To Dolabella, who had accompanied her from the tomb to the palace, she said that she expected only one thing from this meeting, and then won from him a promise which strengthened her courage and seemed the most precious boon which could be granted at this time.
She had expressed the fear that Octavianus would still leave her in doubt. The youth spoke vehemently in Caesar's defence, and closed with the exclamation, "If he should still keep you in suspense, he would be not only cool and circumspect--"
"Then," Cleopatra interrupted, "be nobler, be less cruel, and release your father's friend from these tortures. If he does not reveal to me what awaits me and you learn it, then--you will not say no, you cannot refuse me--then you, yes, you will inform me?"
Promptly and firmly came the reply: "What have I been able to do for you until now? But I will release you from this torture, if possible." Then he hastily turned his back, that he might not be compelled to see the eunuchs stationed at the palace gate search the garments of the royal captive.
His promise sustained the failing courage of the wearied, anxious Queen, and she reclined upon the cushions of a lounge to recover from the exhausting expedition; but she had scarcely closed her eyes when the pavement of the court-yard rang under the hoofs of the four horses which bore the Caesar to Lochias. Cleopatra had not expected the visit so early.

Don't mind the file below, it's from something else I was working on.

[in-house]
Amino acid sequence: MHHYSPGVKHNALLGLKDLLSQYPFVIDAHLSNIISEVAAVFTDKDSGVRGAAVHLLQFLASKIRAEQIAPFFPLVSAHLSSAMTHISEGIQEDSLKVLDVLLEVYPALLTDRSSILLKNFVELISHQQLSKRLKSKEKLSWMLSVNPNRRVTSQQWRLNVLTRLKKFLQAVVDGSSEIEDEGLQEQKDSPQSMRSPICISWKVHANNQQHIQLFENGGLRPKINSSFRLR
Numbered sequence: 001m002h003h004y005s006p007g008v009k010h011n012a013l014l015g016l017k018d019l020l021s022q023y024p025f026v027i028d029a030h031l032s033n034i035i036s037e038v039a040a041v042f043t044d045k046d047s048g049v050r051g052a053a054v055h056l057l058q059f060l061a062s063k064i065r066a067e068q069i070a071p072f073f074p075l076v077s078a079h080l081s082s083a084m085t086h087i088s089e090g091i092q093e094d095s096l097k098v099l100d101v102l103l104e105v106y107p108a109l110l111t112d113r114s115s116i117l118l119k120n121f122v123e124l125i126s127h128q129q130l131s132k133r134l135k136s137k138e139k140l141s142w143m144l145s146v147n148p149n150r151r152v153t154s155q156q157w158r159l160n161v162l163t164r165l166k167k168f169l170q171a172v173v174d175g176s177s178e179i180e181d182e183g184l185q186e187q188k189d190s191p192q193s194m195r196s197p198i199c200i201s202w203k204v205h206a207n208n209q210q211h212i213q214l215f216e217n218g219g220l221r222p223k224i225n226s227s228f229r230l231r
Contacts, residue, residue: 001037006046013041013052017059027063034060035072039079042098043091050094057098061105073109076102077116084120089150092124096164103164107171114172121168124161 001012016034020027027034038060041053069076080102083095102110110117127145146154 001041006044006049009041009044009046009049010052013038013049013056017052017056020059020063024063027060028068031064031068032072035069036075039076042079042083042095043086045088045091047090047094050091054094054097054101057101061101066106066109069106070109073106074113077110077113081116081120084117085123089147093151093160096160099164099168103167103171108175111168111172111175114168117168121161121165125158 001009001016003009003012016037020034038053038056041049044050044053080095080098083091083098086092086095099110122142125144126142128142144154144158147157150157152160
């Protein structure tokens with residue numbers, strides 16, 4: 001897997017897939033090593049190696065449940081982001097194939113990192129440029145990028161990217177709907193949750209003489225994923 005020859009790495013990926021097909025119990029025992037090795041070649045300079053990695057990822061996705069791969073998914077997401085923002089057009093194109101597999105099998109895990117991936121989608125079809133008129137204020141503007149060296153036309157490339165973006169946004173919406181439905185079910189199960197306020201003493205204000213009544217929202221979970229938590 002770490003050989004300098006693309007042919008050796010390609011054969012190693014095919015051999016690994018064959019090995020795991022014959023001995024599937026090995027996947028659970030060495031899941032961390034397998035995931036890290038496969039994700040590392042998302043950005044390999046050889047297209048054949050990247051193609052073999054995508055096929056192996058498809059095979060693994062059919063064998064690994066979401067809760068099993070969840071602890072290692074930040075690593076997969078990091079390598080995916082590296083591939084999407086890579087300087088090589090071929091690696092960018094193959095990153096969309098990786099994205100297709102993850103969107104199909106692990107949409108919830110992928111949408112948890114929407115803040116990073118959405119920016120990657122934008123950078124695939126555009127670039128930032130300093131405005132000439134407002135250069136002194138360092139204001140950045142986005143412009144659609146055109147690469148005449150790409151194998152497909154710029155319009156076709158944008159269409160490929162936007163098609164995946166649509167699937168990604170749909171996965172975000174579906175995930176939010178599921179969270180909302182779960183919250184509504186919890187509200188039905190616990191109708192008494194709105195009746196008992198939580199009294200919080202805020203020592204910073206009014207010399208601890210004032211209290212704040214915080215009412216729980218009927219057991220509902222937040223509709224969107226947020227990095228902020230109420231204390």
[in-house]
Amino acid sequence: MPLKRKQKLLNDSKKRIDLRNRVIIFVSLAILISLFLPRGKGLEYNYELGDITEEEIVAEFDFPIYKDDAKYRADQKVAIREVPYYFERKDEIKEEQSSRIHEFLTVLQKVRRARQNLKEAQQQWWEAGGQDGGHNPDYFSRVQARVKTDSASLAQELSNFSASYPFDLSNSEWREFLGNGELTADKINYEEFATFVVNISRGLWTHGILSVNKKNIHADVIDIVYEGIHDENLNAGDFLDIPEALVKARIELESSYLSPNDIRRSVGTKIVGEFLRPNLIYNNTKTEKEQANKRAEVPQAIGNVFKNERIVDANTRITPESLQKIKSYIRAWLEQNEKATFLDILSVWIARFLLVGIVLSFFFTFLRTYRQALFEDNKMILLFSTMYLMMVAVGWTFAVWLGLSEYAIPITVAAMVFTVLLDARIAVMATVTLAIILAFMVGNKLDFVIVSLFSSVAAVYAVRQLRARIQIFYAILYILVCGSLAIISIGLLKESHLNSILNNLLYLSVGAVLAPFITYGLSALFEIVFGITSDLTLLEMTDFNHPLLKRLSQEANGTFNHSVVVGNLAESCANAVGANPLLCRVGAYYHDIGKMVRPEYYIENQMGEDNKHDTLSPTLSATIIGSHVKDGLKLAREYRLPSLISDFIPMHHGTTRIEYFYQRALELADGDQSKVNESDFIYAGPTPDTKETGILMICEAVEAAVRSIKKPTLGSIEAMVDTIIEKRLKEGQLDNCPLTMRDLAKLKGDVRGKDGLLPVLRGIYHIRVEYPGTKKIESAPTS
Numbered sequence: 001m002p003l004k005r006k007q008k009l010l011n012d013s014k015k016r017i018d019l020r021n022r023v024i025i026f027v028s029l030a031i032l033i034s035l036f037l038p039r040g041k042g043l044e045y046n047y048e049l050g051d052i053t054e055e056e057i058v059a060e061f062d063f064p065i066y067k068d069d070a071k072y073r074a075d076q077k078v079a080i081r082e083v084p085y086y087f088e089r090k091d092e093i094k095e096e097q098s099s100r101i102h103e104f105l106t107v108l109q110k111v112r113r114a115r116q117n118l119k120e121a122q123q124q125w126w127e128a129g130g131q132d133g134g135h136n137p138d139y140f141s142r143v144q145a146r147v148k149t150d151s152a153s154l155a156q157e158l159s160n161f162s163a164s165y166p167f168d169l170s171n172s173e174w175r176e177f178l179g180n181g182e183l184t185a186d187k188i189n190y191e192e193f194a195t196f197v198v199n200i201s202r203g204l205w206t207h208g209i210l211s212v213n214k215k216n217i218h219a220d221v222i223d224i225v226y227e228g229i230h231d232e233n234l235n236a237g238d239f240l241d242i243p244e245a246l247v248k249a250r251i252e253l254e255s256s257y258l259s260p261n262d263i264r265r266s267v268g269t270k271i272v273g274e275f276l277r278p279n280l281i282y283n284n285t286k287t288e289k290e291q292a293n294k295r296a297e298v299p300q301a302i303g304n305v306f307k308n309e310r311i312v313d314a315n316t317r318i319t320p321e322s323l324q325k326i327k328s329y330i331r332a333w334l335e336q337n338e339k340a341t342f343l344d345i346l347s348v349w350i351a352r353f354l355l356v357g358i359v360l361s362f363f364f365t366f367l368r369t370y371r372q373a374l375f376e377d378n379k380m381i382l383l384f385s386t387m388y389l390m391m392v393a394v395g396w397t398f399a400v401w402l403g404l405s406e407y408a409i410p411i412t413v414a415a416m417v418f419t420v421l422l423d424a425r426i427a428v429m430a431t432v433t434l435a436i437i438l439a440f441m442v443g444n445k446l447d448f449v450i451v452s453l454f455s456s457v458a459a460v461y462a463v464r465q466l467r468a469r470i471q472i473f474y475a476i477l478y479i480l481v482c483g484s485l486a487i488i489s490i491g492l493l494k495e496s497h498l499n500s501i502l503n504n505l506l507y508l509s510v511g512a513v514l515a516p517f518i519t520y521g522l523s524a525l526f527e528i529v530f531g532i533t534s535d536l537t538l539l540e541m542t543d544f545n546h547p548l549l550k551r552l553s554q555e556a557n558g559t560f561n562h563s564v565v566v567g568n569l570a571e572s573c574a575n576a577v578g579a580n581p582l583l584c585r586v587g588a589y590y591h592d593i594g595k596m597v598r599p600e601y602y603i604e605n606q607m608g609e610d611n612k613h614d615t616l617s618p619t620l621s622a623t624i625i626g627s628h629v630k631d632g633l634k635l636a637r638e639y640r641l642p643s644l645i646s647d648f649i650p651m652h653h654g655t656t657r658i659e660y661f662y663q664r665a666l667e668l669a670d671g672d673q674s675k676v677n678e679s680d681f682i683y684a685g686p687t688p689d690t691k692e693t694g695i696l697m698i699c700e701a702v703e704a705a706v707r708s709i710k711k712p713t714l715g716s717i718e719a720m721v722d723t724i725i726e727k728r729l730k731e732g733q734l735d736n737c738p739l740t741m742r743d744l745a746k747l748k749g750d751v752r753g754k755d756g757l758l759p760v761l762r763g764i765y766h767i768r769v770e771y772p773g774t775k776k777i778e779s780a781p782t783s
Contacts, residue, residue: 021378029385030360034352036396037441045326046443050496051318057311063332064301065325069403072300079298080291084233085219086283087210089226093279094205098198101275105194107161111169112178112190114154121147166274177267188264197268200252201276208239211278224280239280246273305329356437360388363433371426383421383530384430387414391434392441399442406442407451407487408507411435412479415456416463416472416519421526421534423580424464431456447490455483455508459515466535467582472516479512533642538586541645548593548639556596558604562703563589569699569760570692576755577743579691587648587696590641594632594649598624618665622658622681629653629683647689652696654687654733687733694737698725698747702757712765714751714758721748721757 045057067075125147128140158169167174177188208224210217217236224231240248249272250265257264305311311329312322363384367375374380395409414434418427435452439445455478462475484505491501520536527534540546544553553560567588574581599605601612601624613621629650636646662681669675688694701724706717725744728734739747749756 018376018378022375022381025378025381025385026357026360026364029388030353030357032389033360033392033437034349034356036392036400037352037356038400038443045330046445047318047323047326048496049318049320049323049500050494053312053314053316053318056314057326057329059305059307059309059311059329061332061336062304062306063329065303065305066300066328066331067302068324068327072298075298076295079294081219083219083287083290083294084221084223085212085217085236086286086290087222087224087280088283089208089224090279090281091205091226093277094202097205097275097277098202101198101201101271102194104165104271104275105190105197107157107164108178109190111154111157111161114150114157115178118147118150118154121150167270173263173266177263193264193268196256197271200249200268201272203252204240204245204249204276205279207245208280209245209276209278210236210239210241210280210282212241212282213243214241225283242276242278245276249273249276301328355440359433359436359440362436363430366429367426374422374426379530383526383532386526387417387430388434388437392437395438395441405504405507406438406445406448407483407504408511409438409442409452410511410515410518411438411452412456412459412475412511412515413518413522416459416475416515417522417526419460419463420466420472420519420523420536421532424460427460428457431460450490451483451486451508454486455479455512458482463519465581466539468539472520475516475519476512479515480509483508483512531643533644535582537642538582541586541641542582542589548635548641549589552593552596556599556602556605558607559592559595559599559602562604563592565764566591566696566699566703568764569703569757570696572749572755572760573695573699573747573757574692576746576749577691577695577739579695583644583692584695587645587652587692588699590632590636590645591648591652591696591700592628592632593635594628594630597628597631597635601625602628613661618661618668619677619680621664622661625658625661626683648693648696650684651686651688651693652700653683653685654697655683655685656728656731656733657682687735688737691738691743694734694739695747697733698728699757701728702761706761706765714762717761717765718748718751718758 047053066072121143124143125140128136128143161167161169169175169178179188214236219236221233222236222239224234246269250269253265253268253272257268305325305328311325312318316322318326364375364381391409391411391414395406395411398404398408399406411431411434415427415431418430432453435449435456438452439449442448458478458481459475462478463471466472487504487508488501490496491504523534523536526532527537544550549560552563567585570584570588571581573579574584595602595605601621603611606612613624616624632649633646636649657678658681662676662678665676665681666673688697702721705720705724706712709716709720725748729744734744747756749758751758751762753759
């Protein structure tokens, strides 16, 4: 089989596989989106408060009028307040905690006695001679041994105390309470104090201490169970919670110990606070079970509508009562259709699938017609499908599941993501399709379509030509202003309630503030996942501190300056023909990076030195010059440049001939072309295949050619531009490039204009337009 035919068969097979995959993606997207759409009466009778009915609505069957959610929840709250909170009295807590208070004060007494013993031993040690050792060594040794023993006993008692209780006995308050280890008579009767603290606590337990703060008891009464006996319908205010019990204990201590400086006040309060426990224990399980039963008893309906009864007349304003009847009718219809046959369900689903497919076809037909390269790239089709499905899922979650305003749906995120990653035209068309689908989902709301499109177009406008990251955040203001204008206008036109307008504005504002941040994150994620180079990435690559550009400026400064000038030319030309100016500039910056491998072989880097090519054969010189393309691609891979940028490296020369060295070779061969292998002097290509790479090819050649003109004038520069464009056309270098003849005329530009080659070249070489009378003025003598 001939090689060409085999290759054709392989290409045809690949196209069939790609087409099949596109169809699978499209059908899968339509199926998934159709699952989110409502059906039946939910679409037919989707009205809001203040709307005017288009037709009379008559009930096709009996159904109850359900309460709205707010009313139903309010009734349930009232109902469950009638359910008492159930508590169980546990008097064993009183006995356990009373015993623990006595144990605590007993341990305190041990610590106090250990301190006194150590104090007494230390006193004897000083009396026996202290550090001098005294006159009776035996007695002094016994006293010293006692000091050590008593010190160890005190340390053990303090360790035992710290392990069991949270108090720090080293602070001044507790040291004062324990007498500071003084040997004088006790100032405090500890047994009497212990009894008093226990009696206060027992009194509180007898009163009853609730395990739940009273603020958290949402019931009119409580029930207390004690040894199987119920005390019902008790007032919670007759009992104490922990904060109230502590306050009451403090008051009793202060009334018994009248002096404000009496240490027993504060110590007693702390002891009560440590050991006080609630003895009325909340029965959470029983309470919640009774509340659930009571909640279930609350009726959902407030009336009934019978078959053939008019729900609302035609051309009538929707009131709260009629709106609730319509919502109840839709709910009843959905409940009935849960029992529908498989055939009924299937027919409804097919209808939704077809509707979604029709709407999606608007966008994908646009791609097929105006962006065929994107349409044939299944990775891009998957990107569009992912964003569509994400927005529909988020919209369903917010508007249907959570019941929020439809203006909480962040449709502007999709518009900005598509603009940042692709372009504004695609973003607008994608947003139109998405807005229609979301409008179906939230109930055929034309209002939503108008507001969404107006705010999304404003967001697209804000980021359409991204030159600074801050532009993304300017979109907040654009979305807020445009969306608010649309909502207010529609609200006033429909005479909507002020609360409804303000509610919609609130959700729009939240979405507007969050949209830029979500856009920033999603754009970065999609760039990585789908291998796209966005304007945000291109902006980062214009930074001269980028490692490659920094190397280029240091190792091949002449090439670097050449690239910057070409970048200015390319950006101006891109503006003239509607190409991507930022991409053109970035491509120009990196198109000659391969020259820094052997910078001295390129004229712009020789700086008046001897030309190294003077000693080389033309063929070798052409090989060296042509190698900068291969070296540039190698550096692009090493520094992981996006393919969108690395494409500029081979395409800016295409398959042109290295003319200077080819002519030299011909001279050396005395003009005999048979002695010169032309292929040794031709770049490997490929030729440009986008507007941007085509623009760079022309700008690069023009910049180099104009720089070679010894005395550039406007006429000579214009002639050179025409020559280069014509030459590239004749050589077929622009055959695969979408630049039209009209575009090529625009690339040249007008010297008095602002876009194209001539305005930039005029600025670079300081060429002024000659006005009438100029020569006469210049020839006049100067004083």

She had just been consulting with her attendants about the best mode of receiving him. At first she had been disposed to do so on the throne, clad in her royal attire, but she afterwards thought that she was too ill and weak to bear the heavy ornaments. Besides, the man and successful conqueror would show himself more indulgent and gracious to the suffering woman than to the princess.
There was much to palliate the course which she had pursued in former days, and she had carefully planned the defence by which she hoped to influence his calm but not unjust nature. Many things in her favour were contained in the letters from Caesar and Antony which, after her husband's death, she had read again and again during so many wakeful nights, and they had just been brought to her.
Both Archibius and the Roman Proculejus had counselled her not to receive him entirely alone. The latter did not express his opinion in words, but he knew that Octavianus was more readily induced to noble and lenient deeds when there was no lack of witnesses to report them to the world. It was advisable to provide spectators for the most consummate actor of his day.
Therefore the Queen had retained Iras, Charmian, and some of the officials nearest to her person, among them the steward Seleukus, who could give information if any question arose concerning the delivery of the treasure.
She had also intended, after she had somewhat recovered from the visit to the tomb, to be robed in fresh garments. This was prevented by the Caesar's unexpected arrival. Now, even had time permitted, she would have been unable to have her hair arranged, she felt so weak and yet so feverishly excited.
The blood coursed hotly through her veins and flushed her cheeks. When told that the Caesar was close at hand, she had only time to raise herself a little higher on her cushions, push back her hair, and let Iras, with a few hasty touches, adjust the folds of her mourning robes. Had she attempted to advance to meet him, her limbs would have failed to support her.